1. Jane Eyre (Cary Fukunaga; March 11th)

Synopsis: A mousy governess who softens the heart of her employer soon discovers that he’s hiding a terrible secret.


Why You Should See It: Sin Nombre, Cary Fukunaga‘s directorial debut, was one of my favorite films in 2009. The director returns to different territory adapting this classic tale. With a bigger budget and some of the most promising up-and-coming stars (notably Michael Fassbender and Mia Wasikowska), this is one of my most-anticipated of the year.


Sucker Punch (Zack Snyder; March 25th)

Synopsis: A young girl is institutionalized by her wicked stepfather. Retreating to an alternative reality as a coping strategy, she envisions a plan which will help her escape from the facility.


Why You Should See a Matinee: Snyder seems to have overdone himself here. I’ve heard from test screening sources that the film plays exactly like a videogame and for some, that may work. It may be fun, and I’m sure I’ll see it to confirm, but I hope this he gets this style out of his system before Superman.

Uncle Boonmee Who Can Recall His Past Lives (Apichatpong Weerasethakul; March 4th)

Synopsis: A farmer suffering from a kidney disorder opts to spend his last days in a house in the jungle, where real-world and supernatural visitors call on him.


Why You Should See a Matinee: While the methodical pace and style of Weerasethakul’s Palme d’Or winner didn’t connect with me, there will certainly be a small audience interested in this amusing look at death and the supernatural.

Monogamy (Dana Adam Shapiro; March 11th)

Synopsis: Increasingly anxious about his impending marriage to Nat (Rashida Jones) and thoroughly bored with his day job as a wedding photographer, Theo (Chris Messina) establishes a hobby: he’s hired by clients to clandestinely snap voyeuristic photos of them as they go about their days.


Why You Should See a Matinee: The director of Murderball is finally releasing his narrative debut. I saw it at a film festival last year and, while it is hardly the intense suspenseful thriller the trailer makes it out to be, I enjoyed the performances from our two leads. They are both fantastic actors that deserve to break out. It isn’t terribly focused, but most of the charm is with Shapiro’s improvised dialogue and the stunning RED cinematography.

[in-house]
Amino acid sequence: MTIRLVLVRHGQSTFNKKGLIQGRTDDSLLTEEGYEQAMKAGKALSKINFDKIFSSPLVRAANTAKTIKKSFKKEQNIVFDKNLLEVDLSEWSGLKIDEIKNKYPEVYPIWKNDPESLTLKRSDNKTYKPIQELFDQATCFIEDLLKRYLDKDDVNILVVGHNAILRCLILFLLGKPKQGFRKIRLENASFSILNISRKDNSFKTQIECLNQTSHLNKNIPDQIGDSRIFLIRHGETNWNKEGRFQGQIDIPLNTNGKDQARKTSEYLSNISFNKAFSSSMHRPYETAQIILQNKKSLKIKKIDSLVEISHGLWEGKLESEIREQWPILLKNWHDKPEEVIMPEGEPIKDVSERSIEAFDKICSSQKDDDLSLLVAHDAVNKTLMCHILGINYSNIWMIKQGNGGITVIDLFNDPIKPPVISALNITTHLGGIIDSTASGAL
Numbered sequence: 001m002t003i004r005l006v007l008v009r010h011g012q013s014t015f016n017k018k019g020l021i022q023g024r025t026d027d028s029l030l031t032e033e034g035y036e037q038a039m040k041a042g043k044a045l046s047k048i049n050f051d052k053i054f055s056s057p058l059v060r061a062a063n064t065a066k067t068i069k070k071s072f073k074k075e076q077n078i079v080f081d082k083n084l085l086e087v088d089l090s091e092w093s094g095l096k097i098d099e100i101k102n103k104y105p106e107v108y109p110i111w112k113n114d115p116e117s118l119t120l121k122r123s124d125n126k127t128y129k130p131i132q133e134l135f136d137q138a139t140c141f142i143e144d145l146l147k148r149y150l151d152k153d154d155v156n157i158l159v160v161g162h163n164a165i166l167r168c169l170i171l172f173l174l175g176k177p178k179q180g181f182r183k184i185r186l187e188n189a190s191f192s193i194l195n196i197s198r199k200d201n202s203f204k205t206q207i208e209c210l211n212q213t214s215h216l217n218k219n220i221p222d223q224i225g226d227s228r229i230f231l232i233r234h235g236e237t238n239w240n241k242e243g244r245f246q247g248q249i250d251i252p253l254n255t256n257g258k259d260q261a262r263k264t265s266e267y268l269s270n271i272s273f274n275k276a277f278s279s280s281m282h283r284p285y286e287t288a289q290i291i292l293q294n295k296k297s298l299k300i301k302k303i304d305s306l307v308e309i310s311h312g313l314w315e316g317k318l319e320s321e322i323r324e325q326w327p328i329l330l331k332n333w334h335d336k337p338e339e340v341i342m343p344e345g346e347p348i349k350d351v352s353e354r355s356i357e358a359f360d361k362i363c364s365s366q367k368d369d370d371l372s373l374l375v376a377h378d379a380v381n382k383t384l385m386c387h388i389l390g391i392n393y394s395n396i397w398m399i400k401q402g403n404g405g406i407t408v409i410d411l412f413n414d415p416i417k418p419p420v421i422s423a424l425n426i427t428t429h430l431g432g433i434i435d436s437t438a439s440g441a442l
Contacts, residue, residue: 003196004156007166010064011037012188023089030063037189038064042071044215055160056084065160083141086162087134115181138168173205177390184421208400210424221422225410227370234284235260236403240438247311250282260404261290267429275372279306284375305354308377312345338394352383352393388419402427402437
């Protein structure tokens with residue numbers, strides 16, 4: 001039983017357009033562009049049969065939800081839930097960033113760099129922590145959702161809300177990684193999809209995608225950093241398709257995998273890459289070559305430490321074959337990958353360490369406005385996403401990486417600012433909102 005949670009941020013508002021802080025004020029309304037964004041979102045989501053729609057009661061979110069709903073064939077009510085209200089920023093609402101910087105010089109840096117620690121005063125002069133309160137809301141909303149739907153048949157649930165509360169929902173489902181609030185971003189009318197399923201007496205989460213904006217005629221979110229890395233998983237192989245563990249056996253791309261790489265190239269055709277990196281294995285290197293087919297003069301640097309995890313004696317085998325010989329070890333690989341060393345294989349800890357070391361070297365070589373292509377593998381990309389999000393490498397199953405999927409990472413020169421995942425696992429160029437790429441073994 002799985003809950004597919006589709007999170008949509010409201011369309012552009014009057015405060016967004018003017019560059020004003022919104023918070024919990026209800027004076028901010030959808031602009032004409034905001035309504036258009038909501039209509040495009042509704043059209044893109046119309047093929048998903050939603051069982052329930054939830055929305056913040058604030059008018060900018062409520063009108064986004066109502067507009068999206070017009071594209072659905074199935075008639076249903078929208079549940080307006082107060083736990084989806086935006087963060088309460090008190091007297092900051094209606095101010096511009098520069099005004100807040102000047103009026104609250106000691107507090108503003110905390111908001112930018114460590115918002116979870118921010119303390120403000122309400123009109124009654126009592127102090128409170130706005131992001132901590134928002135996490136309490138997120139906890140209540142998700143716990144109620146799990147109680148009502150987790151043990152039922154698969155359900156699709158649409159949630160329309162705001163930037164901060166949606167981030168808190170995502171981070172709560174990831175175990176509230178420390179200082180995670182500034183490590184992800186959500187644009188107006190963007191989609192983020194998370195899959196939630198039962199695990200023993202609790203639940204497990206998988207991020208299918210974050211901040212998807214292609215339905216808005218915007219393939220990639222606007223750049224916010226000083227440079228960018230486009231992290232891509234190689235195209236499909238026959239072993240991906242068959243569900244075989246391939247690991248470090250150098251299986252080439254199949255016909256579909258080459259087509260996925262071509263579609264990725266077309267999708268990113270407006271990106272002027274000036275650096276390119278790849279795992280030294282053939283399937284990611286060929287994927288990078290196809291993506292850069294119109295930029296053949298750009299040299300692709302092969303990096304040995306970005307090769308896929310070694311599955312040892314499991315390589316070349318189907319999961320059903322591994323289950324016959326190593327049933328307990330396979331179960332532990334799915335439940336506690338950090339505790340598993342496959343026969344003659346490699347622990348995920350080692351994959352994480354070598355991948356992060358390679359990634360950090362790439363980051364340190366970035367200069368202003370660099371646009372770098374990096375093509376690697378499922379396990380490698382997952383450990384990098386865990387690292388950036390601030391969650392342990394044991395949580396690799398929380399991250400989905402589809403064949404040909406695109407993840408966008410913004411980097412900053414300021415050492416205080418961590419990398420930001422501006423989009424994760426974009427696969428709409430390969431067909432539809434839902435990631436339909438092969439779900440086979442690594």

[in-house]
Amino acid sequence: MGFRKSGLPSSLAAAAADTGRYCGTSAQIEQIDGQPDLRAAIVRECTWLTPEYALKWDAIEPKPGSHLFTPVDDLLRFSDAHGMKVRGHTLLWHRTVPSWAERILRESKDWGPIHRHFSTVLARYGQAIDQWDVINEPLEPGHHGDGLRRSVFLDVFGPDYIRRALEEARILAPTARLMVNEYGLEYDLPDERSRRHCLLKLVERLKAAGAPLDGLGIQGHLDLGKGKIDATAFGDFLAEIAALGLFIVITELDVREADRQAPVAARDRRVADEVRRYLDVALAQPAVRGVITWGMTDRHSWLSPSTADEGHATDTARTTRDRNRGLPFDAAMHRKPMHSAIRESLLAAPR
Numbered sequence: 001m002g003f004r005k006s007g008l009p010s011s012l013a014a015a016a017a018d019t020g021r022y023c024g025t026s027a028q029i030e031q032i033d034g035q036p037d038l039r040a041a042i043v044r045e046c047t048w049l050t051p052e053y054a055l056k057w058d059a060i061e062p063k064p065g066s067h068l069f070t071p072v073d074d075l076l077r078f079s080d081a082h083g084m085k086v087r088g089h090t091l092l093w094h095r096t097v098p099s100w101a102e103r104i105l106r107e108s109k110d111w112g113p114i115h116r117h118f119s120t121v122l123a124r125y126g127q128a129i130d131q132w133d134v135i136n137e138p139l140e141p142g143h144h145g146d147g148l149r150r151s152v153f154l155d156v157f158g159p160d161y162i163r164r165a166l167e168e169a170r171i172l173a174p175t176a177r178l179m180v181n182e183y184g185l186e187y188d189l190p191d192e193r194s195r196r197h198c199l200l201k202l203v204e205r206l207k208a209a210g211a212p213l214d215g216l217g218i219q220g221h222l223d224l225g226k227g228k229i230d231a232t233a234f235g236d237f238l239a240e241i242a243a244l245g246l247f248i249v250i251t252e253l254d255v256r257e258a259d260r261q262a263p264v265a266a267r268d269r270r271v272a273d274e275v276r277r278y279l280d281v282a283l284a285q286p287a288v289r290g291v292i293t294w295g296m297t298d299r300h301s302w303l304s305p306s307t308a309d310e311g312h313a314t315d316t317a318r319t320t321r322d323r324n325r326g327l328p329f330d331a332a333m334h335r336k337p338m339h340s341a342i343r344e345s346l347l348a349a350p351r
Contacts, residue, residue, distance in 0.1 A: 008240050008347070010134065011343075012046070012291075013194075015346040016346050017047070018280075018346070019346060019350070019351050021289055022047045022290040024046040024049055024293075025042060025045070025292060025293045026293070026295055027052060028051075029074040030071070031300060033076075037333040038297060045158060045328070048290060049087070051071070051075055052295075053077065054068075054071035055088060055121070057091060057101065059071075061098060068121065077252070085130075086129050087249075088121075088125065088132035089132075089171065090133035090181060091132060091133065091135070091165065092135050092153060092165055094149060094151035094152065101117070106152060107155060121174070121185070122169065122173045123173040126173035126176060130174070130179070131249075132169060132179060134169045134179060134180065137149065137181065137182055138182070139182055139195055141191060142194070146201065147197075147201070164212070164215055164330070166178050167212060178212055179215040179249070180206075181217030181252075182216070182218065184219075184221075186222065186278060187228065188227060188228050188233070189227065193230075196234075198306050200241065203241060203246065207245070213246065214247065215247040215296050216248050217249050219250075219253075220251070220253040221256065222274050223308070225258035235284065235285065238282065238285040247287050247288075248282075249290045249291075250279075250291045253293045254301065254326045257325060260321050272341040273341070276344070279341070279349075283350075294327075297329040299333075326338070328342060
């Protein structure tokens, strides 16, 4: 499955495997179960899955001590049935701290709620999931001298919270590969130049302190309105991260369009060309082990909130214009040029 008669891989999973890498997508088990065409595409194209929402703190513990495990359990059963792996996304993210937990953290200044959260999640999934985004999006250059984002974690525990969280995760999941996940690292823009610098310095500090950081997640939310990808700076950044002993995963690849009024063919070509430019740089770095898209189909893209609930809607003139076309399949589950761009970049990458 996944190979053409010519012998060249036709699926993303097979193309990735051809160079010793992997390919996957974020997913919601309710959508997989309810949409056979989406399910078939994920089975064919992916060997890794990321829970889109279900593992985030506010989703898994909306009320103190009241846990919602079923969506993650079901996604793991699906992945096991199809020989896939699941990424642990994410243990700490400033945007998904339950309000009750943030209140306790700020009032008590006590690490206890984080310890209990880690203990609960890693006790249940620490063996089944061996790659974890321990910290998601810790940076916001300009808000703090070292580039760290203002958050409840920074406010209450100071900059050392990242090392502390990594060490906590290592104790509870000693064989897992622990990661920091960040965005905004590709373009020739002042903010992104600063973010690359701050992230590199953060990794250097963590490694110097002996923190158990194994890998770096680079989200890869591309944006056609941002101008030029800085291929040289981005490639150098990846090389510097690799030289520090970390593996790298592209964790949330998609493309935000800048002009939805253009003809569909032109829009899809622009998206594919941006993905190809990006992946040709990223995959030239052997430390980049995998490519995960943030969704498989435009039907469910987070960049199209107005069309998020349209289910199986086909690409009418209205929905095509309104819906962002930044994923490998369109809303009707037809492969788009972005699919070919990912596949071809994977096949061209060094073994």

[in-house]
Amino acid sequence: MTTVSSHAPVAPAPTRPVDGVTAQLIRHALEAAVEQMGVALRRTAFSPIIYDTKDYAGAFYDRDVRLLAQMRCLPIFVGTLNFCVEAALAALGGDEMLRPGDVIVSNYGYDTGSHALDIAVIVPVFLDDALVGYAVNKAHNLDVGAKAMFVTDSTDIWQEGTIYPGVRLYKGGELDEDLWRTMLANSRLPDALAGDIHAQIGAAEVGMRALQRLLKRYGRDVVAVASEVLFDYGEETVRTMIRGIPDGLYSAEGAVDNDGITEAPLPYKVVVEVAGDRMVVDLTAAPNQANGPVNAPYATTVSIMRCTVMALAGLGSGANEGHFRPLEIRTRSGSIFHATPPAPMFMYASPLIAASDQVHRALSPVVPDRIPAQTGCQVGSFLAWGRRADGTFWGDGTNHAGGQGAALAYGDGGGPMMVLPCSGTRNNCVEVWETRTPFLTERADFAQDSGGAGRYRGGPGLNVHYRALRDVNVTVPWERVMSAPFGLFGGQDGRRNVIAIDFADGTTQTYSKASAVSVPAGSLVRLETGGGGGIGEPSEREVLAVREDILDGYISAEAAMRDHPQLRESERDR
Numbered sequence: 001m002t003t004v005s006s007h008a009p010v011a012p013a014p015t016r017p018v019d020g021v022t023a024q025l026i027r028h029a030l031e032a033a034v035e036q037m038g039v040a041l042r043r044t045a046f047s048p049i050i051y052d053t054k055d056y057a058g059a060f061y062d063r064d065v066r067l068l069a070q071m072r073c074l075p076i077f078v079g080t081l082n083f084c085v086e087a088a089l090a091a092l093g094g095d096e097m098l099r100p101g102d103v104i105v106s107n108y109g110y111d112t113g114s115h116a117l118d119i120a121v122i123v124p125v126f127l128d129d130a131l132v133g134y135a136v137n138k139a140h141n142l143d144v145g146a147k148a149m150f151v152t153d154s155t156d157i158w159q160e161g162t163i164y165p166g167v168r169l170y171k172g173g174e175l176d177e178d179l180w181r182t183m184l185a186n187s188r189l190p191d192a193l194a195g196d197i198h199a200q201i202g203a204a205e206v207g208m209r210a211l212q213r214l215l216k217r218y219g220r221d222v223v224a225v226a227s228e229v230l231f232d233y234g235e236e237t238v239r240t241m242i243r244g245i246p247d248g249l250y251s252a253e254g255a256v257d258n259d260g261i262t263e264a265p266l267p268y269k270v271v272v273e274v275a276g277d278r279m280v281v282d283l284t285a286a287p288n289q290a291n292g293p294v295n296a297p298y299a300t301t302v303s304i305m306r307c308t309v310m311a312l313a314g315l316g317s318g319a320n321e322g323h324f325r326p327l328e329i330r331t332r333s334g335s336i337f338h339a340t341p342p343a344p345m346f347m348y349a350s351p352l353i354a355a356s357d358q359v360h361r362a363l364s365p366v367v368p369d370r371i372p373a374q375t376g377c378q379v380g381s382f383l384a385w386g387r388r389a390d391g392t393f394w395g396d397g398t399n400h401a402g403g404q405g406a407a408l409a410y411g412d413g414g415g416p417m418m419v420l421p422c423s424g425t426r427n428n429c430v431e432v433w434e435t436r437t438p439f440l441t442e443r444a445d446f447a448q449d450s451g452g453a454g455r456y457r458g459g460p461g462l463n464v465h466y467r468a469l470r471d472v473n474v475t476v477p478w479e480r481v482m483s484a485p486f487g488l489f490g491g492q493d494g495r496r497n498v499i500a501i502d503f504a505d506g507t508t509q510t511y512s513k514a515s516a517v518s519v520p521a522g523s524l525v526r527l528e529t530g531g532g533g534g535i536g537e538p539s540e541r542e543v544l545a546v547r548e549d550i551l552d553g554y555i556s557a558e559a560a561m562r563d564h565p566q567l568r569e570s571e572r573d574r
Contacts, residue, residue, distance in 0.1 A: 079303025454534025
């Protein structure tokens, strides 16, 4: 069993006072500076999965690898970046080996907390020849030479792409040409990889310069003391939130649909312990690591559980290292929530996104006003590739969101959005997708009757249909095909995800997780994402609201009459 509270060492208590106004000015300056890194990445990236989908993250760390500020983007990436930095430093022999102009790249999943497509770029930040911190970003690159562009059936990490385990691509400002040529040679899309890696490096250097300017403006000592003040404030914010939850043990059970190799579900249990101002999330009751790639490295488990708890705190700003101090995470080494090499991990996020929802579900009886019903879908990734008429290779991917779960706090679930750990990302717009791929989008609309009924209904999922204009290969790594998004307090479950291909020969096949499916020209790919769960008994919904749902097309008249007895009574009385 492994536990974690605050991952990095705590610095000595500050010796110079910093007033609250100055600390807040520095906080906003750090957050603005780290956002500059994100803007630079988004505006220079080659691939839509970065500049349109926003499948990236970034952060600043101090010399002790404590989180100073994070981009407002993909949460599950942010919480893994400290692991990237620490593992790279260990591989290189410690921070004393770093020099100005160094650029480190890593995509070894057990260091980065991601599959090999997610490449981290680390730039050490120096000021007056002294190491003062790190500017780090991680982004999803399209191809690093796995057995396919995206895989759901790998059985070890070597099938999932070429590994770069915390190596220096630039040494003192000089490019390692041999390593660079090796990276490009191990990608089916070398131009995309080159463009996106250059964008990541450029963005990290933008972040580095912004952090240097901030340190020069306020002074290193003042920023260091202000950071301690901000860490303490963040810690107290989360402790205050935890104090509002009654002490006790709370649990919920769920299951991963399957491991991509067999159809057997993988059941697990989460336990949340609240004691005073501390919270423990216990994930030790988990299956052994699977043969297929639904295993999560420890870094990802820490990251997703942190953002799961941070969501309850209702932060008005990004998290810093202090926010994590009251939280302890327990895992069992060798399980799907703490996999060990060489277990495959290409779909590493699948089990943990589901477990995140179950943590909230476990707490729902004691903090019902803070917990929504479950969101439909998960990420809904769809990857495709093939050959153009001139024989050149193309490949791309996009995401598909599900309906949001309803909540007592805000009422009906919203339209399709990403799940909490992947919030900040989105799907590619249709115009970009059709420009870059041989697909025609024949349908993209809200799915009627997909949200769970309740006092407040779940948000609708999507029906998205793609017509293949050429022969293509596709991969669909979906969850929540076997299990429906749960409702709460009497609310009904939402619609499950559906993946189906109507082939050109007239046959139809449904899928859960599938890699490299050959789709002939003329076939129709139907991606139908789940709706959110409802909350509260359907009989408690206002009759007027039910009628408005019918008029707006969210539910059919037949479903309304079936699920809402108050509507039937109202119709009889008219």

Limitless (Neil Burger; March 18th)

Synopsis: A copywriter (Bradley Cooper) discovers a top-secret drug, MDT-48, that enhances intellect and other abilities. As his usage begins to change his life, he begins to consider the drug’s shadowy origins; meanwhile, a group of killers trail his every move.


Why You Should See a Matinee: This slick-looking drama looks a bit silly, but the schlocky premise should prove entertaining, especially with Bradley Cooper and Robert De Niro as leads.

The Lincoln Lawyer (Brad Furman; March 18th)

Synopsis: In Los Angeles, Mickey Haller is a criminal defense attorney who operates out of the back seat of his Lincoln Town Car. And while his latest case could be his most high-paying in years, it also brings him close to unexpected evil.


Why You Should See a Matinee: Originally intended to be directed by Tommy Lee Jones, Brad Furman took over with Matthew McConaughey as our lead. It looks a bit over-stylized but I’ve heard good buzz from recent screenings.

Cracks (Jordan Scott; March 18th)

Synopsis: In an austere and remote all girls boarding school, the most elite clique of girls are the illustrious members of the schools’ diving team, lead by Di (Juno Temple). The girls compete for the attention of their glamorous teacher Miss G (Eva Green), and Miss G in turn thrives on the attention she receives from her girls and believes it is her role to teach them the ways of the world.


Why You Should See a Matinee: Ridley Scott‘s daughter, Jordan, debuted her first directing effort at film festivals in 2009 and it is finally getting a limited release. I quite liked the film at TIFF in ’09. The strong cast brings to life this boarding school drama. IFC will release it On Demand as well, so many of you will be able to see it.

Miral (Julian Schnabel; March 25th)

Synopsis: A Palestinian girl is brought to the Dar Al-Tifl orphanage in the wake of the first Arab-Israeli war, where she forms a bond with Hind Husseini, founder of the orphanage. Finding herself drawn into the conflict as she matures, a connection with an Israeli socialist opens a door to a different life.


Why You Should See a Matinee: After delivering the masterpiece Diving Bell & the Butterfly it was disappointing to read middling reviews for Schnabel’s latest. The drama got pushed back to this March and I’ll still check it out due to my interest with the talent filmmaker.

Happythankyoumoreplease (Josh Radnor; March 4th)

Synopsis: A look at the lives and loves of six friends in New York City, and how their existence is changed when struggling writer Sam (Josh Radnor) finds himself the unlikely guardian of a boy who becomes separated from his family in the subway.


Why You Should See a Matinee: Radnor’s directorial debut is a bit hit-or-miss. It all feels too “hip” and I found it difficult to connect with the characters. There are a few funny, touching moments that nearly save it enough to recommend with hesitation.

What do you want to see this month?